i chipped one trimming it which raised an eyebrow, so probably wont be using them much now. Shame Mr culps moulds are super nice.
    (actually a great way to learn morphology for ceramists, get some sets of anterior phonares and study em)

    back to good old PE's i think.

    thanks for the words of wisdom, i havnt ordered any stuff yet, so maybe i shall rethink or possibly outsource the processing for now until i have enough to justify getting the ivoclar set up.

    Ive just commited to starting the CDT course so ill need the full setup sooner or later.

    Just HATE outsourcing anything, every time i do things get screwed up or never come back how i want it.
    Last edited: Apr 14, 2012
  5. DentureDude
    Relaxed

    DentureDude trained monkey

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    i havent tried the tooth bonding agents that you brush on yet, but i have several friends that swear by them.

    one friend here in the ca valley (8 person denture lab) tells me he hasn't drilled a diatoric in years with no problems to speak of.

    anyone using this stuff?
  6. JohnWilson

    JohnWilson Moderator Staff Member

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    The phonares teeth are about as robust a PMMA tooth that you can find. Like anything else you have to understand the properties of the tooth and follow a good protocol.

    I only use a cross cut carbide that is sharp to adjust the ridge lap surface. I do not use any tool that will generate heat like stones. When processing I want to have a minimal 2 mm of acrylic between the ridge the bar substructure or the frame to feel certain it will be strong enough. On Hybrid cases where I have to substantially reduce the tooth when I wax the ling contour I make a ling finish line on the tooth to lock it in. I do not drill diatorics in teeth any more, I think it weakens teeth especially when doing it in the flask.

    While I am not exactly certain what is in the expensive "bonding agents" I would imagine its acetone or some sort of solvent that will etch and soften the tooth to allow you to achieve a better bond to the tooth/acrylic. All I do is when I have done my boil-out and have steamed cleaned the teeth I make very certain if the tooth is virgin, I roughen up the entire exposed surface. I have learned while setting up the case that even if you have the room I still take a 1/4 straight cross cut bur and run it across the surface to break the sheen. I like doing all my modifications before it goes into the flask as I feel I can control my contact of the bur to the tooth better and make sure I do not heat up the teeth. After I apply my isolation barrier (separator) and I mix my acrylic I soak the tooth half of the flask in monomer while my ivocap acrylic is mixing. (5 minutes). I then pour of the liquid from the flask, and inject and leave it on the bench 30minutes. I was doing this exact technique with compression packing as well and it has served me well.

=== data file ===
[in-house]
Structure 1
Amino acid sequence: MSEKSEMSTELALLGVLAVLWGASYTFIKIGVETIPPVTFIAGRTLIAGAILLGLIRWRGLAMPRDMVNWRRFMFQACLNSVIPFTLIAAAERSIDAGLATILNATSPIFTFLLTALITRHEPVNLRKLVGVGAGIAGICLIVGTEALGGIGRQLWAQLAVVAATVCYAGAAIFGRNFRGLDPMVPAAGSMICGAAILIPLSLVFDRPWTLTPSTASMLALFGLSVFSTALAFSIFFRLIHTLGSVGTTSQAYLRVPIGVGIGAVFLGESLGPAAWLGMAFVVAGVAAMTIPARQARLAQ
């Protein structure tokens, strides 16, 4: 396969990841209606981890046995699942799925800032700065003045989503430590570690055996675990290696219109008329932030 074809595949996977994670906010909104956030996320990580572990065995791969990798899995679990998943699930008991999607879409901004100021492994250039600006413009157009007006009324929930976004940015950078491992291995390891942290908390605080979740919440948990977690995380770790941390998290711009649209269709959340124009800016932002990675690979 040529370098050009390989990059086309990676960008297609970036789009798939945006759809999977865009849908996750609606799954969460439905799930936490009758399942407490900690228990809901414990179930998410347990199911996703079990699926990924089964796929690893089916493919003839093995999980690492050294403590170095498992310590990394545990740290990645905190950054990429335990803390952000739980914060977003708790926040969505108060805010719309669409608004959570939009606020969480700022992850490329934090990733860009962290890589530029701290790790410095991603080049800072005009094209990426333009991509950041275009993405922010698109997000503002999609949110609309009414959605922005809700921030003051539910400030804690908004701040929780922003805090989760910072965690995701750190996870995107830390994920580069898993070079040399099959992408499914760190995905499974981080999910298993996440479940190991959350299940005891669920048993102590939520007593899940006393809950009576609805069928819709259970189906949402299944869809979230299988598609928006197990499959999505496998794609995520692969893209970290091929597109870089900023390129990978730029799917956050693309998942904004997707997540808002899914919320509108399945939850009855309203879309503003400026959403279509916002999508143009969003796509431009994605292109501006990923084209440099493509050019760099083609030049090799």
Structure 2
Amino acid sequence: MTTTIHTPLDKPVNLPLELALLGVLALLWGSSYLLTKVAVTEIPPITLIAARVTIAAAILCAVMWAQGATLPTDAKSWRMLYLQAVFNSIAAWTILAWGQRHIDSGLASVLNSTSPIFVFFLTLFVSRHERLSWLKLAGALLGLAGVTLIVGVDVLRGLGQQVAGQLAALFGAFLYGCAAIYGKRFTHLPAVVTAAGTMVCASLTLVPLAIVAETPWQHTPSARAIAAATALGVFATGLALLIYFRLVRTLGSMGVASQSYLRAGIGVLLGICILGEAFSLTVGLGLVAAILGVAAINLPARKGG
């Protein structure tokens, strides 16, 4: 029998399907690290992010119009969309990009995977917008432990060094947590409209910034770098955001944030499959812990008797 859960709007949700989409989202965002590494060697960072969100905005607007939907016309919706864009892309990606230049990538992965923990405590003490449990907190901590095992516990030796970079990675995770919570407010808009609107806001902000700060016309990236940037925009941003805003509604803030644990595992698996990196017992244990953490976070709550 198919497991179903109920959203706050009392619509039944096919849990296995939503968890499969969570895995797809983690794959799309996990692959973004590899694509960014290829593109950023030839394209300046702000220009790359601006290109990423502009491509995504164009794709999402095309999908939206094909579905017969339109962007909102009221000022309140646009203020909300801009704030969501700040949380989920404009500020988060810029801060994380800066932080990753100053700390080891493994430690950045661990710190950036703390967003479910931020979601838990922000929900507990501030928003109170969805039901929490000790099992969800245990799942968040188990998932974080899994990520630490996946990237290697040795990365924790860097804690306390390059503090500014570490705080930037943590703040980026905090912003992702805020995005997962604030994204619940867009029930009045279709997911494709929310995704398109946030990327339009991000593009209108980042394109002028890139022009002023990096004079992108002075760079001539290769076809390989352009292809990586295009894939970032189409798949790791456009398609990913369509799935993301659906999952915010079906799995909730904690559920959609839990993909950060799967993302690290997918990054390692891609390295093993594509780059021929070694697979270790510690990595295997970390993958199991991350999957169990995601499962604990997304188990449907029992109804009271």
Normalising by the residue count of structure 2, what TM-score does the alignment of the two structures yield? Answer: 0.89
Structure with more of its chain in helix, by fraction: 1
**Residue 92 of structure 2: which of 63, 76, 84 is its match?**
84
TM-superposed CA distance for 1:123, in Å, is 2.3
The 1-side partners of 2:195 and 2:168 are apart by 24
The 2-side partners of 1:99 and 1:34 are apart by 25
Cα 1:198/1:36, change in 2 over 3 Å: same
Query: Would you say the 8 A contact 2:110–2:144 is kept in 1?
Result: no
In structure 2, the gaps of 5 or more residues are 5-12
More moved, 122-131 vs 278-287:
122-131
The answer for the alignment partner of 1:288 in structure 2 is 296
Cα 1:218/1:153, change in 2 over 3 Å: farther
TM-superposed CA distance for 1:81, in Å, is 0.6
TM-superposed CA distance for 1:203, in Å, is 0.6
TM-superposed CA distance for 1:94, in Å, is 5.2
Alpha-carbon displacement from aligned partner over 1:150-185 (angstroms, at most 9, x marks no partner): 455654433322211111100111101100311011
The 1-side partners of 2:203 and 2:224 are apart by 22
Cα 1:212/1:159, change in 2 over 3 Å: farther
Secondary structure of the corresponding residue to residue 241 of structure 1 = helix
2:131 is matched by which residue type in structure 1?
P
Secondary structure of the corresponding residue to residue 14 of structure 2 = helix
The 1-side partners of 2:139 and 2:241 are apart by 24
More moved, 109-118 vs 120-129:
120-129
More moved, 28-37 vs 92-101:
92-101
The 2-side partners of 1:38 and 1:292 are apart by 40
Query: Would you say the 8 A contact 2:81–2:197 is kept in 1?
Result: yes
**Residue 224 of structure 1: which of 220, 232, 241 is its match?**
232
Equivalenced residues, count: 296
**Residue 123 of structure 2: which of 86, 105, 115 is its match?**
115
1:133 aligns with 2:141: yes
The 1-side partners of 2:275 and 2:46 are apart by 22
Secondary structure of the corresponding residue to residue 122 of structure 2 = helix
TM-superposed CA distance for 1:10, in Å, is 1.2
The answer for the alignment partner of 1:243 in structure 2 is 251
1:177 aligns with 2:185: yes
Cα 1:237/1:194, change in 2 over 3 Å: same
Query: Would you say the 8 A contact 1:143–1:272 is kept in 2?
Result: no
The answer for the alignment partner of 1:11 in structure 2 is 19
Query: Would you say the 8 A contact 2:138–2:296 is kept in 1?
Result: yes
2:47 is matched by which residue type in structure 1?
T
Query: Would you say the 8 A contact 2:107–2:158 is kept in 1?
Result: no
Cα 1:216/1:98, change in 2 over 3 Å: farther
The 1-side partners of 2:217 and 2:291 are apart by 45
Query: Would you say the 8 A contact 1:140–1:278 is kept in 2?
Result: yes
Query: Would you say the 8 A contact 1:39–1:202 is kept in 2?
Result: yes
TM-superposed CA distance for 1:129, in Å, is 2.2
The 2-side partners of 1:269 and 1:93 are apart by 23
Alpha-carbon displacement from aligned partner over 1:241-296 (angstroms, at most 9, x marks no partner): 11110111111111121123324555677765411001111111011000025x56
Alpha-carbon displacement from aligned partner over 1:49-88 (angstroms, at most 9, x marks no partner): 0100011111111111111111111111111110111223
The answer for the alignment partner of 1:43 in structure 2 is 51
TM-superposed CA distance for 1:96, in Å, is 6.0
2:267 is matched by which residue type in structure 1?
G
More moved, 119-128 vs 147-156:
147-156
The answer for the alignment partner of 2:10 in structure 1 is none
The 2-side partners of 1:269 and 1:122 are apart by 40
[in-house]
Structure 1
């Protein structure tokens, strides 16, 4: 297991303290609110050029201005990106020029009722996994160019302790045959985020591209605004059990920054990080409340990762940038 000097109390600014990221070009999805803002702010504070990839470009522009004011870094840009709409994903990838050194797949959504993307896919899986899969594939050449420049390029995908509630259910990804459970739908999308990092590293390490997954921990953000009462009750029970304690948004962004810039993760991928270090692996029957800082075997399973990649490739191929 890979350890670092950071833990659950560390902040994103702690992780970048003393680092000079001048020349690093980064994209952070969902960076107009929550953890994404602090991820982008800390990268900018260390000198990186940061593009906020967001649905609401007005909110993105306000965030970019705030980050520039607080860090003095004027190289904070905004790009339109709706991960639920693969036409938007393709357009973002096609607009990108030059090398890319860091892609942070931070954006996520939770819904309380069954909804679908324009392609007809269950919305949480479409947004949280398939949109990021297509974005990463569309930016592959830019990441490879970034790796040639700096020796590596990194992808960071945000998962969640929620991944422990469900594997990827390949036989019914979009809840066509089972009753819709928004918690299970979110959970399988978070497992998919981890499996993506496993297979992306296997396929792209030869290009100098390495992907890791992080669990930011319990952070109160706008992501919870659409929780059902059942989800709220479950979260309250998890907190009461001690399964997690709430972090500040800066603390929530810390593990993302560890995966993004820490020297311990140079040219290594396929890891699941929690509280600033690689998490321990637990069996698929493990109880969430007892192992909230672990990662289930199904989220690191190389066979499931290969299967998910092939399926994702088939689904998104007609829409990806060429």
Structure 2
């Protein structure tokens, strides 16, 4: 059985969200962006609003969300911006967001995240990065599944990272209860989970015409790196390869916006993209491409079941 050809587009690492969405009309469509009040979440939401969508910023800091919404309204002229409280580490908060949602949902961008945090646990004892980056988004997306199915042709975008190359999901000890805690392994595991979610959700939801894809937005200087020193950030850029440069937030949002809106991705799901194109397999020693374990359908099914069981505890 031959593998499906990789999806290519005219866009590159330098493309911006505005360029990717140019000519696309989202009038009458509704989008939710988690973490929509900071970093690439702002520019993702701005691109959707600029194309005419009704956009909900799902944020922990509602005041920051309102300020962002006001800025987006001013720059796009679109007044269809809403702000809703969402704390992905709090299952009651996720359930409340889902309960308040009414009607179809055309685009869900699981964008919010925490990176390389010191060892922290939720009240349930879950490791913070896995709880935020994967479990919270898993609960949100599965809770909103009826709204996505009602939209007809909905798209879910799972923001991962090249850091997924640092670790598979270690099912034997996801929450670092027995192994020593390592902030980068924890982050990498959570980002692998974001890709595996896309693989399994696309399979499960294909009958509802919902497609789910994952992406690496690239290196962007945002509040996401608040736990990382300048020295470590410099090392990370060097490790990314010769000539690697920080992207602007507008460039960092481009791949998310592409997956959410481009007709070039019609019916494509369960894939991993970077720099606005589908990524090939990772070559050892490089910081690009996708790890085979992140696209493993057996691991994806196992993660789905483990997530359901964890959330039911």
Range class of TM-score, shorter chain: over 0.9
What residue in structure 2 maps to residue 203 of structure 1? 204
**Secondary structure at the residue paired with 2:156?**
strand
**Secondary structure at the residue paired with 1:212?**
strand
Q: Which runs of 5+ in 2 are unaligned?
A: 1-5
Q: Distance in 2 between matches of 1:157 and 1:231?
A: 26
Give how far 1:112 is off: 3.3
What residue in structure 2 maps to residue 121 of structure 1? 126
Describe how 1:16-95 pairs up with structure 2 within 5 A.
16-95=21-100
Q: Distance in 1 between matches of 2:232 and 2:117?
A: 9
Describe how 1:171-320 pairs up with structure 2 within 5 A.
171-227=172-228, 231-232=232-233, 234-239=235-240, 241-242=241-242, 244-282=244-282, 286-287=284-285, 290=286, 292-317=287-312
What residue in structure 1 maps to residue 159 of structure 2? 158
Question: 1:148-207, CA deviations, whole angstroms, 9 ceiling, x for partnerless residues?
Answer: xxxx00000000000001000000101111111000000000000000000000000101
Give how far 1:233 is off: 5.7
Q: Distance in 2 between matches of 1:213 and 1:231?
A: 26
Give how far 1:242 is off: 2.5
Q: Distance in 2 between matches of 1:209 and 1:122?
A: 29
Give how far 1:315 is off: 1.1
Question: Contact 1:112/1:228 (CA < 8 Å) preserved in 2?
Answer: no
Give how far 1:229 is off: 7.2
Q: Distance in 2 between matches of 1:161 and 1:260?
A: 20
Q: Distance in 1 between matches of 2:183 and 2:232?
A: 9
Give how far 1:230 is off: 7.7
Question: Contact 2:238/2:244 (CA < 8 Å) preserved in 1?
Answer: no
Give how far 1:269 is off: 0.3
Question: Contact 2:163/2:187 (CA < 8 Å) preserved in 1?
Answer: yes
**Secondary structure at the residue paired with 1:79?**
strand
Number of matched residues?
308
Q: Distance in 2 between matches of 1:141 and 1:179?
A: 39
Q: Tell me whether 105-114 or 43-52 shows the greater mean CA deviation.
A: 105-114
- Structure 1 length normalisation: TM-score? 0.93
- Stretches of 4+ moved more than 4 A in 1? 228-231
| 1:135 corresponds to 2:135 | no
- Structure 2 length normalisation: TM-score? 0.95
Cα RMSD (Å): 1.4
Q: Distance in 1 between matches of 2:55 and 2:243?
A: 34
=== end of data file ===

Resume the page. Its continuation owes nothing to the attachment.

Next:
No matter how good the cold cure you can find and no matter how color stable it says it is it will not be anywhere near as good as a premium Heat cure variety is. Aside from that I have not found auto cure acrylic to be as dense/strong as its heat cure big brother. While I sometimes use Ivocaps cold cure and its about as good as it gets I still feel its not in the same category as heat cure.
  7. jimi

    jimi Member

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    i have recently processed a denture in a heat cure flask using self cure acrylic. I packed it as usual, trial packed. and boiled it for 20 minutes. I got a dense acrylic, good polished surface, no warping or distorting. Interesting experiment.
  8. EJADA
    Amused

    EJADA Member

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    John I so agree. This was taught in the first semester of dental tech school. Dental lab materials. Self cure just is NOT as good long term as heat cure. And Ivocap injected is as dense as it comes. I dont do much in removables much any more but unless things have changed Ivocap is the way to go. The diamond stuff seems pretty good to just what I hear.
  9. Smilestyler
    Spaced